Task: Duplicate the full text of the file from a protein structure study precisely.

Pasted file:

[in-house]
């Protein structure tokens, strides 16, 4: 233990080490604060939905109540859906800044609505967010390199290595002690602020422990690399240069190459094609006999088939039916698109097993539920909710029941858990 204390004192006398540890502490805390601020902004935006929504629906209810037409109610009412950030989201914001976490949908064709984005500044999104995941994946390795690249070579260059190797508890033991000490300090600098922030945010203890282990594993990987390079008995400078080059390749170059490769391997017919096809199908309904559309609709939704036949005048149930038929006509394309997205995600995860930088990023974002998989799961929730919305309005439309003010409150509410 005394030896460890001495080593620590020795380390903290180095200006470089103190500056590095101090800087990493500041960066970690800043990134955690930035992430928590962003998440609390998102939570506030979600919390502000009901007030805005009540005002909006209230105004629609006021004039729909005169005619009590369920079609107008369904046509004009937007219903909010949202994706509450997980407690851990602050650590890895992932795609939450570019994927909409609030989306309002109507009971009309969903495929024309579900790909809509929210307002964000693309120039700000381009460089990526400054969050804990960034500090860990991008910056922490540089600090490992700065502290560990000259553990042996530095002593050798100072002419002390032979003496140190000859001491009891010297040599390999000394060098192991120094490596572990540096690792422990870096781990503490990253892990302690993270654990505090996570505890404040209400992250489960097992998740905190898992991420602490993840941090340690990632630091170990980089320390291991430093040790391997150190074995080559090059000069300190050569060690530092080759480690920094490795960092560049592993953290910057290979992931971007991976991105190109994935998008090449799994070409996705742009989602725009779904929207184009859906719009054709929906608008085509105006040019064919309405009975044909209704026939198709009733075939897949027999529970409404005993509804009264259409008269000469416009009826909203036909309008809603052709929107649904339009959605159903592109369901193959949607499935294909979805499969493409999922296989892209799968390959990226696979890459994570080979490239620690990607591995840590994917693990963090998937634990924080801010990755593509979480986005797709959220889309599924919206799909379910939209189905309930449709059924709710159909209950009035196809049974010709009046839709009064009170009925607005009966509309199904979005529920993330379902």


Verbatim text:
[in-house]
């Protein structure tokens, strides 16, 4: 233990080490604060939905109540859906800044609505967010390199290595002690602020422990690399240069190459094609006999088939039916698109097993539920909710029941858990 204390004192006398540890502490805390601020902004935006929504629906209810037409109610009412950030989201914001976490949908064709984005500044999104995941994946390795690249070579260059190797508890033991000490300090600098922030945010203890282990594993990987390079008995400078080059390749170059490769391997017919096809199908309904559309609709939704036949005048149930038929006509394309997205995600995860930088990023974002998989799961929730919305309005439309003010409150509410 005394030896460890001495080593620590020795380390903290180095200006470089103190500056590095101090800087990493500041960066970690800043990134955690930035992430928590962003998440609390998102939570506030979600919390502000009901007030805005009540005002909006209230105004629609006021004039729909005169005619009590369920079609107008369904046509004009937007219903909010949202994706509450997980407690851990602050650590890895992932795609939450570019994927909409609030989306309002109507009971009309969903495929024309579900790909809509929210307002964000693309120039700000381009460089990526400054969050804990960034500090860990991008910056922490540089600090490992700065502290560990000259553990042996530095002593050798100072002419002390032979003496140190000859001491009891010297040599390999000394060098192991120094490596572990540096690792422990870096781990503490990253892990302690993270654990505090996570505890404040209400992250489960097992998740905190898992991420602490993840941090340690990632630091170990980089320390291991430093040790391997150190074995080559090059000069300190050569060690530092080759480690920094490795960092560049592993953290910057290979992931971007991976991105190109994935998008090449799994070409996705742009989602725009779904929207184009859906719009054709929906608008085509105006040019064919309405009975044909209704026939198709009733075939897949027999529970409404005993509804009264259409008269000469416009009826909203036909309008809603052709929107649904339009959605159903592109369901193959949607499935294909979805499969493409999922296989892209799968390959990226696979890459994570080979490239620690990607591995840590994917693990963090998937634990924080801010990755593509979480986005797709959220889309599924919206799909379910939209189905309930449709059924709710159909209950009035196809049974010709009046839709009064009170009925607005009966509309199904979005529920993330379902």